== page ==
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Please let me know what you find.


But a good test would be to try them separately and then each with ffdshow. Test them with good material. When I pop in a DVD like Dark City or The Fifth Element, it's hard to imagine a monumental increase in picture quality. I would think that it would be slight. I can already provide my guests with better than the cinema quality. At some point you have to say, is a slight increase worth the time? If you enjoy that time, and it is part of the hobby, I wish you a great time.


I did download 5 a few weeks back. The software was buggy and I noticed no appreciable difference, although I don't know if the trial version was missing something. After a while the tinkering wears me down. GIVE me movies....Give me movies...Give me movies!
 

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Discussion Starter · #18 ·
Yes, we always have to remember that the most important thing is not tweaking, but enjoying movies (and tv series ;))


However if I am not satisfied from the images I am watching and the audio I am listening to, I tend not to enjoy the movie. That happened to me while watching The Sopranos Season 1 two days ago. The motion blurring problem was so bad that I kept noticing it instead of concentrating on the storyline :(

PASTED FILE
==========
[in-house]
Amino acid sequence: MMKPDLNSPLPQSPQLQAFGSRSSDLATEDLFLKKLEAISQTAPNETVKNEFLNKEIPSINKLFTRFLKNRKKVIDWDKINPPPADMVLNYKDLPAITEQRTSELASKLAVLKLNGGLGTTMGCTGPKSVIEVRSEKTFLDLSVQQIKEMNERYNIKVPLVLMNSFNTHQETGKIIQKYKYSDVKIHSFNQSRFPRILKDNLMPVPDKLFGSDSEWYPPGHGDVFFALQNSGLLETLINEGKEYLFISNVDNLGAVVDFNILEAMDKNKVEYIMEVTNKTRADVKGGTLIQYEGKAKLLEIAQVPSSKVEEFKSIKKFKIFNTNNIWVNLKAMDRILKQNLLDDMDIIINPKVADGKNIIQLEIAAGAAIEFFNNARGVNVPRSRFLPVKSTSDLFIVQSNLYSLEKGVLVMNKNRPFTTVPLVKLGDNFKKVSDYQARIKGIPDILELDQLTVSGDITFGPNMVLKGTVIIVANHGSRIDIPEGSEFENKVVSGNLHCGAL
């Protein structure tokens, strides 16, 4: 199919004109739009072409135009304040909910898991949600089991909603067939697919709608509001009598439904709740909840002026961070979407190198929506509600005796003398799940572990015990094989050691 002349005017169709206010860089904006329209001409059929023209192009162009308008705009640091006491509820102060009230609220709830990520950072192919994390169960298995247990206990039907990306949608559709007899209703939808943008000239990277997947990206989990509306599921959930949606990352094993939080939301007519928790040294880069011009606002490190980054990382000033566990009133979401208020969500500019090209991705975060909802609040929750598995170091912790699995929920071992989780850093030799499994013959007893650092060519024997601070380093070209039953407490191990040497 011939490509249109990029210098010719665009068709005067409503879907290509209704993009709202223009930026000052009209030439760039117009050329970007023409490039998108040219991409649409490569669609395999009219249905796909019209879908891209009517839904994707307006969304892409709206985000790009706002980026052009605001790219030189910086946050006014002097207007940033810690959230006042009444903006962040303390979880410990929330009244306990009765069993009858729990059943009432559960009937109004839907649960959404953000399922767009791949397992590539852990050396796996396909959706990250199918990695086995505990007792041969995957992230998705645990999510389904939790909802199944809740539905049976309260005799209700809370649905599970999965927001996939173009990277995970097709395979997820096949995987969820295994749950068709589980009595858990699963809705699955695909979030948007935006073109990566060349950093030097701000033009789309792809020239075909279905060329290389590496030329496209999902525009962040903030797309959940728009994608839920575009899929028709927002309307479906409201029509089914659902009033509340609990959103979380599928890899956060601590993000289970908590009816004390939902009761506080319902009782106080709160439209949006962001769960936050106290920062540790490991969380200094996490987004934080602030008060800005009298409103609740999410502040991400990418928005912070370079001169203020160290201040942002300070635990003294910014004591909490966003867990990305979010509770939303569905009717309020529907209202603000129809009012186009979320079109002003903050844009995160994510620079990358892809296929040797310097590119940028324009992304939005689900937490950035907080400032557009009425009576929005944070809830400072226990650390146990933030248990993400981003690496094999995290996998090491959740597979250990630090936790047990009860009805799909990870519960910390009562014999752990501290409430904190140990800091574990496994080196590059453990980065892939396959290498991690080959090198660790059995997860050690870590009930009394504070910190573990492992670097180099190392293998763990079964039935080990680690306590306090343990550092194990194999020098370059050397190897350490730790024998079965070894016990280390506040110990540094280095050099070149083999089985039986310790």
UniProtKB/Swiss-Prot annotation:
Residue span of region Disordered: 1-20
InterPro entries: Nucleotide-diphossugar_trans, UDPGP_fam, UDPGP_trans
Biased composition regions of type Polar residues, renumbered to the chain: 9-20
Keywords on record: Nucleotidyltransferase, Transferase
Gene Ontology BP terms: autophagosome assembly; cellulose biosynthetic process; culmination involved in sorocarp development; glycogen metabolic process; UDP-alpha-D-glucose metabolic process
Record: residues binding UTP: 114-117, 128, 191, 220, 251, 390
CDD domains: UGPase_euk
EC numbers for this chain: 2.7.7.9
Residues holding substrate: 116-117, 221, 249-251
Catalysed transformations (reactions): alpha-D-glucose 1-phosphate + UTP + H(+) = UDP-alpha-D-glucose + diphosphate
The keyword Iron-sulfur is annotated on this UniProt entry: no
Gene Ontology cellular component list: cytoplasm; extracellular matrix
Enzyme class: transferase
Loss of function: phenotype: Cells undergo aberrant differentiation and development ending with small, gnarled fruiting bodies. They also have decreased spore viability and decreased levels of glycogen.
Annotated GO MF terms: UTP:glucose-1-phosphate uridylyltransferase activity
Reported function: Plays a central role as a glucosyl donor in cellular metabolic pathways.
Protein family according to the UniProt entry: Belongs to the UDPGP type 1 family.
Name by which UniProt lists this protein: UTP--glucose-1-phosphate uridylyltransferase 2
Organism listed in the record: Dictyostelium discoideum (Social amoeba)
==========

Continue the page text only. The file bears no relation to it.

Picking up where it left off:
That's when tweaking becomes useful :). Obviously if you also enjoy tweaking (and believe me, I do) that's a huge plus :)
 

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I've tried WinDVD4, PowerDVD XP and 5, and TT, and I found on my system that TT and PDVD 5 were about the same, with WDVD being quite grainy/noisy. I now have Zoomplayer set-up with the Sonic filters, and PDVD5, so can use whichever one suits me at the time, but for video quality, they both look the same to me.


I did find that TTs rescaling caused a slight amount of blue fringing, whereas Zoom doesn't. Many people say that TT is vastly superior, but I din't see that on my system, so I'd have to say you should try before you buy.


I wonder why I didn't see the same large improvements that many others saw when using TT. Any ideas?


Gary.
 

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You need to smoke more crack.


Seriously, when comparing video codecs, the discussion really seems to be subject to a lot of hyperbole. Some people really make mountains out of quality molehills.